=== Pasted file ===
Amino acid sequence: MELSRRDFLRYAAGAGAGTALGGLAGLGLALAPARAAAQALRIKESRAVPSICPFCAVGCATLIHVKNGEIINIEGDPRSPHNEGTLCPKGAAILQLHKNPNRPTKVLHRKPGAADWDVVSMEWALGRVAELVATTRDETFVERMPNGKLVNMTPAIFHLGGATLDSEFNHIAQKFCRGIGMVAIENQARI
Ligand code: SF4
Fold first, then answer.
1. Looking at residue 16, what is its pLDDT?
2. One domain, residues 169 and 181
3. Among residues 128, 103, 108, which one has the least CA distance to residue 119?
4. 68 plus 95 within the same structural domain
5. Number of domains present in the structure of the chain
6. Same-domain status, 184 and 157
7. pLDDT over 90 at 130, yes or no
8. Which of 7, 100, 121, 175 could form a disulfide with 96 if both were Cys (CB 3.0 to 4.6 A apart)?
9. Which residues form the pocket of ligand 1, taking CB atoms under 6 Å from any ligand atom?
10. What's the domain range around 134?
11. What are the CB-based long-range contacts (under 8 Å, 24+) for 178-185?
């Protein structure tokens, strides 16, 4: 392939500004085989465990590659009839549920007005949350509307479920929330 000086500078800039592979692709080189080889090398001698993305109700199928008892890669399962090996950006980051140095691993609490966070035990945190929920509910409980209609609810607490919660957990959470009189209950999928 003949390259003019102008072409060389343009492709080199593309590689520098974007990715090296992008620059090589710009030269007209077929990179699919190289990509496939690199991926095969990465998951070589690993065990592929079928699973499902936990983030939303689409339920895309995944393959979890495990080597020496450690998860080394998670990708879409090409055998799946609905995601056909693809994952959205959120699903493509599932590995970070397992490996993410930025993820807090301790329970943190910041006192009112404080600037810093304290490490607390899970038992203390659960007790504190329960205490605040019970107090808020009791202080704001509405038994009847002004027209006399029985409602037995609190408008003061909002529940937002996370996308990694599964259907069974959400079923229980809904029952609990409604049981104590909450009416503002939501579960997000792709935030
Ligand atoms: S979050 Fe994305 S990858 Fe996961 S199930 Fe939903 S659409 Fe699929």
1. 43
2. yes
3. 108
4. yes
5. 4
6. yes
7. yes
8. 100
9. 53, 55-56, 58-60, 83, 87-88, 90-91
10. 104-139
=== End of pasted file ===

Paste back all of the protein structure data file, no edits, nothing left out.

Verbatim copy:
Amino acid sequence: MELSRRDFLRYAAGAGAGTALGGLAGLGLALAPARAAAQALRIKESRAVPSICPFCAVGCATLIHVKNGEIINIEGDPRSPHNEGTLCPKGAAILQLHKNPNRPTKVLHRKPGAADWDVVSMEWALGRVAELVATTRDETFVERMPNGKLVNMTPAIFHLGGATLDSEFNHIAQKFCRGIGMVAIENQARI
Ligand code: SF4
Fold first, then answer.
1. Looking at residue 16, what is its pLDDT?
2. One domain, residues 169 and 181
3. Among residues 128, 103, 108, which one has the least CA distance to residue 119?
4. 68 plus 95 within the same structural domain
5. Number of domains present in the structure of the chain
6. Same-domain status, 184 and 157
7. pLDDT over 90 at 130, yes or no
8. Which of 7, 100, 121, 175 could form a disulfide with 96 if both were Cys (CB 3.0 to 4.6 A apart)?
9. Which residues form the pocket of ligand 1, taking CB atoms under 6 Å from any ligand atom?
10. What's the domain range around 134?
11. What are the CB-based long-range contacts (under 8 Å, 24+) for 178-185?
């Protein structure tokens, strides 16, 4: 392939500004085989465990590659009839549920007005949350509307479920929330 000086500078800039592979692709080189080889090398001698993305109700199928008892890669399962090996950006980051140095691993609490966070035990945190929920509910409980209609609810607490919660957990959470009189209950999928 003949390259003019102008072409060389343009492709080199593309590689520098974007990715090296992008620059090589710009030269007209077929990179699919190289990509496939690199991926095969990465998951070589690993065990592929079928699973499902936990983030939303689409339920895309995944393959979890495990080597020496450690998860080394998670990708879409090409055998799946609905995601056909693809994952959205959120699903493509599932590995970070397992490996993410930025993820807090301790329970943190910041006192009112404080600037810093304290490490607390899970038992203390659960007790504190329960205490605040019970107090808020009791202080704001509405038994009847002004027209006399029985409602037995609190408008003061909002529940937002996370996308990694599964259907069974959400079923229980809904029952609990409604049981104590909450009416503002939501579960997000792709935030
Ligand atoms: S979050 Fe994305 S990858 Fe996961 S199930 Fe939903 S659409 Fe699929």
1. 43
2. yes
3. 108
4. yes
5. 4
6. yes
7. yes
8. 100
9. 53, 55-56, 58-60, 83, 87-88, 90-91
10. 104-139